Yeah, I remember seeing "tongue maps," and even as a young child I thought the concept was bogus. It was contradicted by the very simple experimental evidence that anything I ate tasted the same no matter where it was on my tongue!
Chile improving relations with Argentina? Not likely, at least not during the current generation. I used to live in Argentina, and they hate Chile there, based on allegations (I have no idea if this is true or not, but "everybody knows" they did it down there) that Chile does/used to steal land from Argentina by establishing towns on Argentina's side of the border and then claiming the area for Chile since it was full of Chilean citizens.
That may be true, or it may be exactly as true as their never-ending cultural obsession with the Falkland islands having been stolen from them by England, (which is to say, a complete and utter fabrication; the islands were never Argentina's in any real sense anyway,) but as long as most people believe it, it'll take a miracle to get any changes.
That was a horrible movie. (And yes, I'm aware it's based on a book. I never read the book, so I can't comment on it one way or another.) If I had known beforehand that the plot was going to be about a bunch of smart people (whose defining characteristic is "they are the intelligent ones") being evil and trying to take over the world, I'd have never gone to see it.
No, the problem really is the existence of DRM. Its only purpose is to take control of a device that you own away from you and put it in the hands of someone else, against your will and against your interests.
In any other context, that's known as hacking, and it's illegal. Why should it be any different for this specific context? (And before anyone embarrasses themselves by claiming that it's not "against your will" because you bought the product of your own free will, even though it contains DRM, please look up the term "Leonine Contract" and understand its implications.)
It may not suffer from flat batteries, but it does suffer from several other major design limitations:
* It doesn't have a built-in database of addresses (you have to already know where you're going to find out how to get there)
* It doesn't have a routing algorithm (even if you know where you are and where you're going, it's up to you to figure out how to get from point A to point B)
* It tends to show roads and political boundaries, but not things you'd actually be interested in such as final destinations. (If I'm trying to get to a hotel, it's a lot easier to remember the name of the hotel than its address.)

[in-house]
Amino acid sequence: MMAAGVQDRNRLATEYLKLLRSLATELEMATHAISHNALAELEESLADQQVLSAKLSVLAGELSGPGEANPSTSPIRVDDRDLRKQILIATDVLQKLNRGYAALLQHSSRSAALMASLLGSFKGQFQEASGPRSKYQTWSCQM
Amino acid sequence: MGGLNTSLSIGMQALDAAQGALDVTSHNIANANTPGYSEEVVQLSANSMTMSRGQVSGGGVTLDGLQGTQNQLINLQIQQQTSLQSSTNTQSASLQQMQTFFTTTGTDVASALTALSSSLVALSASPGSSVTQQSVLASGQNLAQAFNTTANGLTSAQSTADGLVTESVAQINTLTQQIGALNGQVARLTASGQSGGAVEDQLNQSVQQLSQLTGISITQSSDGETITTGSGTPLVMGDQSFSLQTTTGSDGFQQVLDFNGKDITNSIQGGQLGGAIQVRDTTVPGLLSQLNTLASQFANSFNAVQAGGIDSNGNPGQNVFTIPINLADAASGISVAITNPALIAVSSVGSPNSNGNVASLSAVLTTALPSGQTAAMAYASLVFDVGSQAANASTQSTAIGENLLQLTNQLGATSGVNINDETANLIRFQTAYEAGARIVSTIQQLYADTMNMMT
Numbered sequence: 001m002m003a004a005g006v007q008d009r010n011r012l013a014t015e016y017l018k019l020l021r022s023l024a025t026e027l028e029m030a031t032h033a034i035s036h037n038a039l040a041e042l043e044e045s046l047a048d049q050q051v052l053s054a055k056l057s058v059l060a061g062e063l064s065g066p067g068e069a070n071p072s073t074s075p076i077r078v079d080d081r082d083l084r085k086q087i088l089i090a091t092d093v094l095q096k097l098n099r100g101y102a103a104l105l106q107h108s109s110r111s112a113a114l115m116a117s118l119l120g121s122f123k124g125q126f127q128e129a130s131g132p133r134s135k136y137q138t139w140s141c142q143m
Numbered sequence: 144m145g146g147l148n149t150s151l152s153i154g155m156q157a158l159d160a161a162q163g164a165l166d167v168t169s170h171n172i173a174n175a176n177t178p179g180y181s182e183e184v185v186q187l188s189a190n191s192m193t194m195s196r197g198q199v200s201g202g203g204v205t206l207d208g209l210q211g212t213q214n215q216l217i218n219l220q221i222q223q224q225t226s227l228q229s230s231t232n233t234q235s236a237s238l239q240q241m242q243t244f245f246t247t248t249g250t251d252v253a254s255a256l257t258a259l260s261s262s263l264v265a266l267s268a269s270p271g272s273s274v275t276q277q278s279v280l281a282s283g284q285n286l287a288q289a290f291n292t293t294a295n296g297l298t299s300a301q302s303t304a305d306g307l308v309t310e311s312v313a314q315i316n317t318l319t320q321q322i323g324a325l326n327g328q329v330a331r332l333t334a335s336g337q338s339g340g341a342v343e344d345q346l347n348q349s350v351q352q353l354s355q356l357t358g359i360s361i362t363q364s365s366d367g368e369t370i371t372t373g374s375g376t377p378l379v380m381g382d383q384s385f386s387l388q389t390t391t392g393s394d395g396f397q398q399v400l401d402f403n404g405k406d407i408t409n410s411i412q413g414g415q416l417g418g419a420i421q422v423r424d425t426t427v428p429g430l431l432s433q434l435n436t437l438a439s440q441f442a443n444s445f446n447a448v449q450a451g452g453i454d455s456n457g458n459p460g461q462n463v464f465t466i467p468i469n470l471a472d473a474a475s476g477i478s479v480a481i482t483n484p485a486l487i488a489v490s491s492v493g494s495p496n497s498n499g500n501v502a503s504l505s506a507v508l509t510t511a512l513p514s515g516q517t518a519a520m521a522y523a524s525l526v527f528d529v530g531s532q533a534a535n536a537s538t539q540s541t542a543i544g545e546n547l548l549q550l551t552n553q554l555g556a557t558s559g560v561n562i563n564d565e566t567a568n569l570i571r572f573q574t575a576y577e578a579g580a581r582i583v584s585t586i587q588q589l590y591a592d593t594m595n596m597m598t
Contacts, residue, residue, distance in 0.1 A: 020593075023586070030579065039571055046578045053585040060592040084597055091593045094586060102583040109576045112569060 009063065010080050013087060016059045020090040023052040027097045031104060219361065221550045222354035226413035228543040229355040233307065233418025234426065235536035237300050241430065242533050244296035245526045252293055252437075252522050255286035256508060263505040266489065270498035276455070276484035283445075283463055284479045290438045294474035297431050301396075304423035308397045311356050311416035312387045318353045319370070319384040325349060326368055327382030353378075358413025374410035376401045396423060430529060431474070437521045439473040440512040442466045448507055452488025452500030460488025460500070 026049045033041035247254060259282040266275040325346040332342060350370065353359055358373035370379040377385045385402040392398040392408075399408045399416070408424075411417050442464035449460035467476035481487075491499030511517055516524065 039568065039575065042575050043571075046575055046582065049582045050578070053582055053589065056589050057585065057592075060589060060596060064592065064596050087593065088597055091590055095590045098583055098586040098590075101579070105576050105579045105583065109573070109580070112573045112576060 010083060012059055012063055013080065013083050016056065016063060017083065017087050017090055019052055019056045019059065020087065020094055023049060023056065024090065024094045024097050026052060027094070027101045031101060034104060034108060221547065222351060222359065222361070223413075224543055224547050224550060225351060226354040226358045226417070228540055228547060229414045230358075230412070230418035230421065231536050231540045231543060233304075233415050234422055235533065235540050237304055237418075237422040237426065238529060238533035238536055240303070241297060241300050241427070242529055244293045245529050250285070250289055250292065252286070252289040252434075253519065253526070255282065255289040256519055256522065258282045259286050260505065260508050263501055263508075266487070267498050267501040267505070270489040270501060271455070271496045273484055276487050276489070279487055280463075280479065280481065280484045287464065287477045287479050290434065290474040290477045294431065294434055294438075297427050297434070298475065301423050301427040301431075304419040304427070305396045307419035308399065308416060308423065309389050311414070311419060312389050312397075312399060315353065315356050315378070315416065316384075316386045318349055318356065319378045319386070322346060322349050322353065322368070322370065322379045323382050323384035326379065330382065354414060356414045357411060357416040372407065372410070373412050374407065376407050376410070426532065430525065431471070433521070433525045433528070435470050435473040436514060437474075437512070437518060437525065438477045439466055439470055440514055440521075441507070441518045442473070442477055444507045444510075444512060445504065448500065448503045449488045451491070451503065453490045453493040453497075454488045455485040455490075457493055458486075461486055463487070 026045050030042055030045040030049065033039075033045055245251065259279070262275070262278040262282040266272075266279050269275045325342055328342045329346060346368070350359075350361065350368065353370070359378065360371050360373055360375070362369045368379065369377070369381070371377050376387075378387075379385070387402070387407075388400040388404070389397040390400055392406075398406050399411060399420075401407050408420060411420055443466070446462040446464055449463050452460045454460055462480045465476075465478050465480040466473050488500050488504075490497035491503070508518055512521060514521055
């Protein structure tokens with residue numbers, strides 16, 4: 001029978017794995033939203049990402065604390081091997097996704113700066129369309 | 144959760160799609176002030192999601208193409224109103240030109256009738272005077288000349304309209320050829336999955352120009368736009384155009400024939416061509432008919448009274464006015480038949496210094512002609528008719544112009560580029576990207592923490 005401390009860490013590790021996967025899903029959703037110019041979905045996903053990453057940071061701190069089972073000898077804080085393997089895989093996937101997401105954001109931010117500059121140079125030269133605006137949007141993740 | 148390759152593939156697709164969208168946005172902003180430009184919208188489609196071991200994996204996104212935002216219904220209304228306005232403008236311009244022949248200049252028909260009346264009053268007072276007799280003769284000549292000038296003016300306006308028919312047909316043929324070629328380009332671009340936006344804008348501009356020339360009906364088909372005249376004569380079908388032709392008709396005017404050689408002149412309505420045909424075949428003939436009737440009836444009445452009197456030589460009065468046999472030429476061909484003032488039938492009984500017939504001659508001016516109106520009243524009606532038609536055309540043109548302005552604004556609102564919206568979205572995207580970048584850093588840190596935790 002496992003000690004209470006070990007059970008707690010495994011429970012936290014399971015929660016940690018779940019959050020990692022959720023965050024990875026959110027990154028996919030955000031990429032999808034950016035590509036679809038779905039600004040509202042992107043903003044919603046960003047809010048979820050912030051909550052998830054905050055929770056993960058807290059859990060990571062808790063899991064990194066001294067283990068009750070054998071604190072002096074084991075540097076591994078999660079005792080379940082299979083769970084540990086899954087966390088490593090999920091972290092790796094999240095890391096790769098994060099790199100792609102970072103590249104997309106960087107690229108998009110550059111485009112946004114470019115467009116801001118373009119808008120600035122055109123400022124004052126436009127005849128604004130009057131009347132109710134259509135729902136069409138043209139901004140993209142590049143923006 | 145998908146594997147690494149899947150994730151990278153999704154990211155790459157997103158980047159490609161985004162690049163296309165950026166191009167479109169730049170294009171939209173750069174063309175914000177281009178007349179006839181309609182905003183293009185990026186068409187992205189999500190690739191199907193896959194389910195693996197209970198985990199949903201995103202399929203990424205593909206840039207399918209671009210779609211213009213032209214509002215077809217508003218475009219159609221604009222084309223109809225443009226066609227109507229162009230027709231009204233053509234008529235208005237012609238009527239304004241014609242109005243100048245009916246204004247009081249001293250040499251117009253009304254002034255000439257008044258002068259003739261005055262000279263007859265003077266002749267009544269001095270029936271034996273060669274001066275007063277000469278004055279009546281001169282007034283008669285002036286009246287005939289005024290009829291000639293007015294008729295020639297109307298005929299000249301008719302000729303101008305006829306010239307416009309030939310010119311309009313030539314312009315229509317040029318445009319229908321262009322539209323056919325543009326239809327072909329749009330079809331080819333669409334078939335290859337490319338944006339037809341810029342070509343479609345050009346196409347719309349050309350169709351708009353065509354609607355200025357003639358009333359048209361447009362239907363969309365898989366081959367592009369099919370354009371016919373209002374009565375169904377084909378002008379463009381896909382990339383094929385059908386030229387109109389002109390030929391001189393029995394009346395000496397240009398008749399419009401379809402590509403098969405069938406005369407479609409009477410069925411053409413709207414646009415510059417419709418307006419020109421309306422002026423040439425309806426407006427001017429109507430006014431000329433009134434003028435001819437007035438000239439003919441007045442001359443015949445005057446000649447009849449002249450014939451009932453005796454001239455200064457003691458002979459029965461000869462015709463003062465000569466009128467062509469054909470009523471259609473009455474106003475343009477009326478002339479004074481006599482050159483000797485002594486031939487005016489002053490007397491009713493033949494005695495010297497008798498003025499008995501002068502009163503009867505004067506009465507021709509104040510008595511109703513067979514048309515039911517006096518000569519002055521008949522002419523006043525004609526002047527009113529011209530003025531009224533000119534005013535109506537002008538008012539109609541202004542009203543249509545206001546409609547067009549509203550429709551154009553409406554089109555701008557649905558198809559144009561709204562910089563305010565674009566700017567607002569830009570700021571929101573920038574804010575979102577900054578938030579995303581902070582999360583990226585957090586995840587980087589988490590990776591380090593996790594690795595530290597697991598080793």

* Once it's printed, it's set in stone (as it were). It can't receive updates, either regarding new roads and final destinations or current traffic conditions.
* It can't read itself to you. This is particularly significant when you don't have a passenger along.
In light of all this, there's really no good reason not to use a GPS these days.
What is so important that you HAVE TO HAVE a smartphone for being out and about.
Just off the top of my head, Google Maps. That little app in and of itself was worth the purchase price of the phone and more a while back when I found myself lost in an unfamiliar city I was visiting and the cheapo GPS the rental car company gave me broke down, while I was on the freeway! It enabled me to get to my destination and then back to my hotel safely and on time.
There's more truth to this than is immediately apparent.
Look back on history, and you see that before the Civil War, the notion of the employer-employee relationship as we know it today barely existed. Large companies didn't hardly exist, because they couldn't; people would work enough to save up enough money to strike out on their own, or go into the family business.
Or, if you lived in the South, you could have slaves. The interesting thing about slavery that no one really mentions today is that it's not "free labor"; slaves were an investment in property that have to be maintained, much like a horse (or a large and complex machine today). You have to feed a slave, provide housing, see to his basic needs, and all that costs a certain amount of money. But it was profitable enough that you got large plantations with large slave-labor forces, whereas in the North, free people who were able to save up money and strike out on their own usually did, and so large businesses didn't have much of a chance to develop.
Everything changed with the 14th Amendment, and ever since then, certain types of employers (and it's very instructive to see how many of them have Southern roots!) have been working to gradually restore status quo ante. Look at how many workers today are paid just barely enough to pay for food, housing and basic needs--exactly what an "employer" of yesteryear would have needed to pay for the upkeep of a slave--while still nominally enjoying a state of freedom, and you'll see how far we've fallen...
Yeah, that's a great closer. The argument that anything goes because of September 11th should, frankly, disqualify Rep. Rogers from holding office. Doing "everything possible" would mean abandoning the Constitution that Rogers is supposed to be upholding. We're a nation built on the principle that we don't abridge basic freedoms to "do everything possible" to stop one crime.